A Texas sheriff’s deputy involved in the fatal shooting of a man who had a psychotic episode is suing the man’s family for more than $100,000, claiming they were negligent and reckless for not warning 911 operators that the man was a “violent threat.”
Harris County Deputy Brady Pullen was one of two deputies who responded to a 911 call about 43-year-old Kemal Yazar acting erratically back in December 2012, when his wife said he started talking about being the anti-Christ and didn’t eat or sleep for days. A struggle ensued between Pullen and Yazar, causing Pullen and the other deputy to take out their Tasers and guns. Yazar was then shot multiple times and died at a hospital in Katy, Texas.
Pullen’s lawsuit seeks more than $100,000 in damages for “medical expenses, mental anguish, pain and suffering and loss of past earning capacity,” the Houston Chronicle reported Friday. The sheriff’s deputy said he missed work due to surgery for injuries related to the incident and suffered a concussion.
The suit claims Yazar’s wife, Marlene Yazar, should have told 911 that her husband recently used the hallucinogenic drug DMT, although she wasn’t named in the suit. Pullen is going after Carmina Figueroa, Marlene Yazar’s mother and the homeowner of the Katy home where the incident occurred, even though she wasn’t home at the time of the incident. Figueroa’s name is listed on the home’s insurance policy, according to the Chronicle.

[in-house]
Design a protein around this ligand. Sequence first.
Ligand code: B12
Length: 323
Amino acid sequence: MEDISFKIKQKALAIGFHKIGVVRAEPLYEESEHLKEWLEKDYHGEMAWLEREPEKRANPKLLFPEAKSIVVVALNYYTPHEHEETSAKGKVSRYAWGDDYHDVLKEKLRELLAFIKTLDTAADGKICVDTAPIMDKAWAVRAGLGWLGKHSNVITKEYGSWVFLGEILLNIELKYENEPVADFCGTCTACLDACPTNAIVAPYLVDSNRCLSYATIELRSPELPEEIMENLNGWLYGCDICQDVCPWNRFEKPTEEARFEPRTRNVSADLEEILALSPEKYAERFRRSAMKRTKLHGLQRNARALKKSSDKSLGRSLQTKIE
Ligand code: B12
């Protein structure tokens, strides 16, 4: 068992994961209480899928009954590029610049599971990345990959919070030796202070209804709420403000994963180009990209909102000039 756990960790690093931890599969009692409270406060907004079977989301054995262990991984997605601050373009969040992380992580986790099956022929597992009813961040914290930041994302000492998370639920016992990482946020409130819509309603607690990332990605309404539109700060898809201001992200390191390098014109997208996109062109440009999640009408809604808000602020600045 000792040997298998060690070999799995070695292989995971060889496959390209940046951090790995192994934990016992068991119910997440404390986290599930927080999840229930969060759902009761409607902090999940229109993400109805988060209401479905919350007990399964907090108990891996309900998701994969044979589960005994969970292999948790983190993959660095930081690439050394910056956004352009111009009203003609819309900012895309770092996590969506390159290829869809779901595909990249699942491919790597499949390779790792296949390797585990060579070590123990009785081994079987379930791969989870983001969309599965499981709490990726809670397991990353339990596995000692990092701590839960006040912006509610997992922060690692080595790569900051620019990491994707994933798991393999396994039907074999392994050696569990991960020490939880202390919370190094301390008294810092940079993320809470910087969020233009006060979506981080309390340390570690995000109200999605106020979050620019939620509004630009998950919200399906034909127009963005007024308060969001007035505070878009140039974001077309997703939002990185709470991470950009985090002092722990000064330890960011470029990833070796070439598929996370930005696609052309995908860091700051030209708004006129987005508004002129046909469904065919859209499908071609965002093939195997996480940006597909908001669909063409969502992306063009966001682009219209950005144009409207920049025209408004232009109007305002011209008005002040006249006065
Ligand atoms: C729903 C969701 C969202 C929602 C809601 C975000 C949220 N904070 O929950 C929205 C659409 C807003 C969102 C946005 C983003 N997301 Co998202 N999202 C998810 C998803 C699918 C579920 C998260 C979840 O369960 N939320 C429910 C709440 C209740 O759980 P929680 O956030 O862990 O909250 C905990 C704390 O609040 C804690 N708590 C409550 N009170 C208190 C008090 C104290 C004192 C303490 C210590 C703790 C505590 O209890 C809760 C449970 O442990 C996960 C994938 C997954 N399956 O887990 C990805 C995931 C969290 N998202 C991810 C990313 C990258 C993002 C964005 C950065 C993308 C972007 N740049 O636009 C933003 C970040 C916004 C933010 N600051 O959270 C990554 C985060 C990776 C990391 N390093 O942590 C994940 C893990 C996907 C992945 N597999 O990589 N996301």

But Marlene Yazar said it had been weeks since her husband took DMT; Pullen claims she should have revealed the drug use to 911 but didn’t because she didn’t want her husband going to jail.
“I didn’t even know what it was,” she told the Chronicle about the hallucinogenic drug.
Houston attorney Dean Blumrosen is representing Figueroa for free because he was so shocked that Pullen would sue, and went so far as to seek punishment against Pullen’s attorney, Mark Long, for filing the claim. Figueroa said the lawsuit against her deepens the tragedy.
"The first thing I thought is this man is crazy," Figueroa told the Chronicle, referring to Pullen. "Not only is he destroying our lives, but he's suing me."
But Long said he has no qualms about filing the suit on Pullen’s behalf.
"I'm actually offended that people would think that police officers don't have civil rights to use civil law on their behalf. Everyone else does," Long said. "If this case brings an awareness that people need to be completely, utterly honest with 911, and if people become aware that police officers have rights just like everybody else, I'm happy. Whatever else people think about me, I could care less."
While Harris County Sheriff Adrian Garcia wouldn’t comment on the suit, he did express concern about whether the legal action would make the public reluctant to call 911 because they don’t want to face a lawsuit.